The Winnipeg Police Service Firearms Investigation and Enforcement Unit (FIEU) have seized a number of 3D-printed gun parts used in the making of ghost guns.
The investigation began in November of this year into the manufacturing and trafficking of 3D-printed guns. As the investigation unfolded it was determined that legitimate 3D printer services were hired to manufacture handgun lower receiver assemblies known as receiver blanks. These blanks would then be used to create functioning ghost guns by the criminal network who hired the printer services.
Over the span of a month FIEU investigators executed search warrants, seized multiple 3D-printed receiver blanks, 3D-printers, laptops, cellphones and spools of 3D filament and arrested three suspects.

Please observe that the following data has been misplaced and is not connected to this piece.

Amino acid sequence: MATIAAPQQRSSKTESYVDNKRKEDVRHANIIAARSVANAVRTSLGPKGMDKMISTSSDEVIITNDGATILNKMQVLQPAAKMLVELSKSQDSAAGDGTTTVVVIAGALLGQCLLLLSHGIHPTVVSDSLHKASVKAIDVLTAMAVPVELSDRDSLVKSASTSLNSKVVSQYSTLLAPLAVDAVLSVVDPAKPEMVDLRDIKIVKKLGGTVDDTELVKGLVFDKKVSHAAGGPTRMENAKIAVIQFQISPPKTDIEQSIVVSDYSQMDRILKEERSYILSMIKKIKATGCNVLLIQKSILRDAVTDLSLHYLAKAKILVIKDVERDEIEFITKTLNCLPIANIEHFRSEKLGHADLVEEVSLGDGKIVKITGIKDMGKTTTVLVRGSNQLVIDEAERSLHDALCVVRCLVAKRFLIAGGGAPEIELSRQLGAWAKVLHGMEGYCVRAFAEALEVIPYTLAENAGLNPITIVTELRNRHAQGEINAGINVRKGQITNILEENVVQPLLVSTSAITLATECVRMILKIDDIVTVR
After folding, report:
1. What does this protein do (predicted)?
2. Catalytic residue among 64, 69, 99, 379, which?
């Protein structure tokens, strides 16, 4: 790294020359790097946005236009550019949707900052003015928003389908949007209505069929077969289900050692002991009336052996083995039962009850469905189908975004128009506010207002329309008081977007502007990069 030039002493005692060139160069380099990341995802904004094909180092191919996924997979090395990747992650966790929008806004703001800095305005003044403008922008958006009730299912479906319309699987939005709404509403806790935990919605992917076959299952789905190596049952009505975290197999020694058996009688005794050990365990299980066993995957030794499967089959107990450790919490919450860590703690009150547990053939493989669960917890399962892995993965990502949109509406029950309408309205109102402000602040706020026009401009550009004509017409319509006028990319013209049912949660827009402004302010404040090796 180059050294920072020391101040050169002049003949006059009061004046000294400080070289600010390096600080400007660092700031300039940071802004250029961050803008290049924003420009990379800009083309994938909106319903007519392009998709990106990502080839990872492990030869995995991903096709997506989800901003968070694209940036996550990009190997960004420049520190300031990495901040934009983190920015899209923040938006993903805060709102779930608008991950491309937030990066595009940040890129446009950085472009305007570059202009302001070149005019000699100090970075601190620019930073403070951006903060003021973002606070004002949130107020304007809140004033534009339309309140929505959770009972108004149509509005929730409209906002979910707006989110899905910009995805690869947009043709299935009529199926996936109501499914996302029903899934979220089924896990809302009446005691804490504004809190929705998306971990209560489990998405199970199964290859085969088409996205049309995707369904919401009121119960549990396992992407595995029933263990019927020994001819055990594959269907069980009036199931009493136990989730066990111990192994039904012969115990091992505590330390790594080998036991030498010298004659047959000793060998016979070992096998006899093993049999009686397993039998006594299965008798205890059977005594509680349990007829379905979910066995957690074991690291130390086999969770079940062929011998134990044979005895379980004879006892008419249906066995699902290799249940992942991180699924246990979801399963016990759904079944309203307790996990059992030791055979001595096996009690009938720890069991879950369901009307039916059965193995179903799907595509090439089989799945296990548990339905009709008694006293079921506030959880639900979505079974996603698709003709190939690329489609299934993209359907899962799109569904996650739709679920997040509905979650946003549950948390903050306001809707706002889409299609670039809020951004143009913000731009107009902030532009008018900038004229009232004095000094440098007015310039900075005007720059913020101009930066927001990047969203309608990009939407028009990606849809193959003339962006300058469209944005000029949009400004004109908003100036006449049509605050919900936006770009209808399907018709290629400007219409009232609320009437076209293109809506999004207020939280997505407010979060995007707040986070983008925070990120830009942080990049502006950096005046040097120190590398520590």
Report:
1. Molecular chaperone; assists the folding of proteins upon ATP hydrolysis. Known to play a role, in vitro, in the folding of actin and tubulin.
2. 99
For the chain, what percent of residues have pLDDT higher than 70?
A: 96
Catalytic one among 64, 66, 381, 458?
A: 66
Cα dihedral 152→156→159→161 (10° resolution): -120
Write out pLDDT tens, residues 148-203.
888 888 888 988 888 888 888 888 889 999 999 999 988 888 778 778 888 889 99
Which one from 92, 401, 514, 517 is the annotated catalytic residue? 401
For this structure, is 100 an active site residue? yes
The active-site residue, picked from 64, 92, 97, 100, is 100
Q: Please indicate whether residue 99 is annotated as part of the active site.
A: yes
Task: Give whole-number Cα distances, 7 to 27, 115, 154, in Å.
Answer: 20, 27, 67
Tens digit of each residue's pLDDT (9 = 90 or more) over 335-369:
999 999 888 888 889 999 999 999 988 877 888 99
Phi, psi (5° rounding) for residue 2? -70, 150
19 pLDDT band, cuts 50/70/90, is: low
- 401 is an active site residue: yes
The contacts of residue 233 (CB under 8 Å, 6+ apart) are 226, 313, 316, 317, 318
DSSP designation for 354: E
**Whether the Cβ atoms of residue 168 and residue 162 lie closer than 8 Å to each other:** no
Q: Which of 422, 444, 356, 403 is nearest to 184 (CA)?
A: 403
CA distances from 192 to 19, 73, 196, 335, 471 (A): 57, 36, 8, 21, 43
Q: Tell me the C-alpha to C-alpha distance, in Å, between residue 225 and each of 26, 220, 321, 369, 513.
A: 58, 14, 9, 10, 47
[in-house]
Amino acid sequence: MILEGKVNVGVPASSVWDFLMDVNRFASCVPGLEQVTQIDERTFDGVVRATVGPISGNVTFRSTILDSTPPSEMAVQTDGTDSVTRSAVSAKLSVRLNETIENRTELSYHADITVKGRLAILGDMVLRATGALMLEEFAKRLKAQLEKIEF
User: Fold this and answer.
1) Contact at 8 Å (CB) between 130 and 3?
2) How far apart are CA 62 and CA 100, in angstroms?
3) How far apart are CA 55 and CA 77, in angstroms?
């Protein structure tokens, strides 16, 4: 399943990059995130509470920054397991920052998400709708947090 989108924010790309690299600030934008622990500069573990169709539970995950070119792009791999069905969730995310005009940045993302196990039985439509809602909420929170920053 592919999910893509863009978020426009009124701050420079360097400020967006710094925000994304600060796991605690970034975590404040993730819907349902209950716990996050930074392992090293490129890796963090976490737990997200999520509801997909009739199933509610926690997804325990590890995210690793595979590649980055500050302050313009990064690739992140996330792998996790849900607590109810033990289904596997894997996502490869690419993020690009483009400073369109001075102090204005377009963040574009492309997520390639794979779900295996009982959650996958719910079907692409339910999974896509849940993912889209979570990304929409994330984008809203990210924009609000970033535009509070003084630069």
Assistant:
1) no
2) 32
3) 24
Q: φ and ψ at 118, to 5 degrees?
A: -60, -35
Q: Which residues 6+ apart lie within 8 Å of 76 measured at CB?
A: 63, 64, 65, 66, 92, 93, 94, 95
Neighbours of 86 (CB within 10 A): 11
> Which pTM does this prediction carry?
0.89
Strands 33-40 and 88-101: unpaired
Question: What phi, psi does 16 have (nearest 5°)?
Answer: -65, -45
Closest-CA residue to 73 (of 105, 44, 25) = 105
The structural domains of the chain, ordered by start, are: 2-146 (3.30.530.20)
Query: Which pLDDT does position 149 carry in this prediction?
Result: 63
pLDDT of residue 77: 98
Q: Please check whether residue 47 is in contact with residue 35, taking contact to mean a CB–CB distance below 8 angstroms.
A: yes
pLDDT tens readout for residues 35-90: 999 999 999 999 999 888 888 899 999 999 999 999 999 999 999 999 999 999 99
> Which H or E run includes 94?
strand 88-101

A 30-year-old male and a 19-year-old male are facing Weapons Trafficking charges for their alleged involvement. A 45-year-old man who was initially arrested was released with no charges after consultation with crown prosecuters.
Police noted that a receiver blank is considered a firearm. Making 3D-printed receiver blanks and creating 3D-printed ghost guns is illegal in Canada.